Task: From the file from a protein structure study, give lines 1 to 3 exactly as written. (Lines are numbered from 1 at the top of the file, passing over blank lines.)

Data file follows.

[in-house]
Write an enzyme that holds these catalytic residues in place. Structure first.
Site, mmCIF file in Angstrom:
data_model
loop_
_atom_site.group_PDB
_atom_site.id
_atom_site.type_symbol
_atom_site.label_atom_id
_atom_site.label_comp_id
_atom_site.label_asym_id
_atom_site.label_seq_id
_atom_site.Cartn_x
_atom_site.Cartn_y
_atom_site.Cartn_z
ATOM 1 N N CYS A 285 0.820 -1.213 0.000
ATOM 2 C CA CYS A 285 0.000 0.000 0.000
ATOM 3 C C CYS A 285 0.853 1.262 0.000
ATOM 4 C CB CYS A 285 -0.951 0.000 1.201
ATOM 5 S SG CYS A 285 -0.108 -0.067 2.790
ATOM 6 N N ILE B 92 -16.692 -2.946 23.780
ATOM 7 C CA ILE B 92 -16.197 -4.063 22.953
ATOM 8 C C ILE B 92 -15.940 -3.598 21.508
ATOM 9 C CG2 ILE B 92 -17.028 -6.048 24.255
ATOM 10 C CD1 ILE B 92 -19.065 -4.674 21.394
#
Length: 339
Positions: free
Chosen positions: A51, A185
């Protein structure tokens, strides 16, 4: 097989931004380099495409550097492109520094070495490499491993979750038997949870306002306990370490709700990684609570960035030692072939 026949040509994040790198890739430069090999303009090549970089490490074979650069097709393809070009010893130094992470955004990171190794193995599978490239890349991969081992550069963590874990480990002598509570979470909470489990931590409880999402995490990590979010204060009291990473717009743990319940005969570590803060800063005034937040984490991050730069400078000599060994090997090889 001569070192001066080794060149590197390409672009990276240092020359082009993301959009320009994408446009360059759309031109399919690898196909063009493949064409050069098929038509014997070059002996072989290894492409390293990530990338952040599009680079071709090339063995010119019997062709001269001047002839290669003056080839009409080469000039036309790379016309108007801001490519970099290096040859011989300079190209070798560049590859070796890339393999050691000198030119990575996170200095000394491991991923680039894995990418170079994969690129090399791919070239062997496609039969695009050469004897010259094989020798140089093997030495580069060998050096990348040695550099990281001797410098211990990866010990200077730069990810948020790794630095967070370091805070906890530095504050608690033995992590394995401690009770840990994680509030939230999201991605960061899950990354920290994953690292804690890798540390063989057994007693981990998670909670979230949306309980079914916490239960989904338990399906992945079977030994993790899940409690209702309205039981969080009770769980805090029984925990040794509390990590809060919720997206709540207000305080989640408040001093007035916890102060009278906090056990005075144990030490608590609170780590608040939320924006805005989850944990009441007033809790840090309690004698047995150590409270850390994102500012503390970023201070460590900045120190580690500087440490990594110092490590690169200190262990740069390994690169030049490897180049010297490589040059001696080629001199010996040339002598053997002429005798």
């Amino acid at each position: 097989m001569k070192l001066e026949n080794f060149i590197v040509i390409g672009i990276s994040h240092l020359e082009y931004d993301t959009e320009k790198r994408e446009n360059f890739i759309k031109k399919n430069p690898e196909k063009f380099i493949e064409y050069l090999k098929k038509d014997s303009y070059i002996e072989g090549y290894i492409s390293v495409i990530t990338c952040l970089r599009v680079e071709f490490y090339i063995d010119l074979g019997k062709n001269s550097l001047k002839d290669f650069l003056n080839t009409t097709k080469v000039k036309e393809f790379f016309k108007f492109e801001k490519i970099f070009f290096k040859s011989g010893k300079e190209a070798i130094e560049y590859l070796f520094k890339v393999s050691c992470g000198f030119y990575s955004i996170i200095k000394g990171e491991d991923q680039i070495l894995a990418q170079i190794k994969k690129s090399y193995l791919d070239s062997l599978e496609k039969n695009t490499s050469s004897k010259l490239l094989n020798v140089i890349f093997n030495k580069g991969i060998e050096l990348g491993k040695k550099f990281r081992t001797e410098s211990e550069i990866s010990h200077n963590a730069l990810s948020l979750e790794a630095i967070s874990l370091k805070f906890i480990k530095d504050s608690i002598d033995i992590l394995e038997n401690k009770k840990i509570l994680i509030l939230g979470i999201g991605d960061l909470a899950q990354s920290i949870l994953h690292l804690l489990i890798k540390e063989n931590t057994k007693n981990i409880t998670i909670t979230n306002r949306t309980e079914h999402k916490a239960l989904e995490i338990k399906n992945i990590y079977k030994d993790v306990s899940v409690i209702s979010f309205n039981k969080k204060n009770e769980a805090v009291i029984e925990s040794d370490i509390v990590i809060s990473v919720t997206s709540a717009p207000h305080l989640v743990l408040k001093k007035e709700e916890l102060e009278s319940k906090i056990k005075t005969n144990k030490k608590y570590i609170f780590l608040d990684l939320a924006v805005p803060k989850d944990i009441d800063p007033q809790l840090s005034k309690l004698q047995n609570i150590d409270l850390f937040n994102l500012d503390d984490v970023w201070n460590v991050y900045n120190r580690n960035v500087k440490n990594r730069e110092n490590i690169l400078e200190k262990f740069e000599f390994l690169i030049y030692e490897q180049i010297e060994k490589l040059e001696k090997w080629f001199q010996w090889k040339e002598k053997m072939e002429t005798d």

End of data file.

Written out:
[in-house]
Write an enzyme that holds these catalytic residues in place. Structure first.
Site, mmCIF file in Angstrom: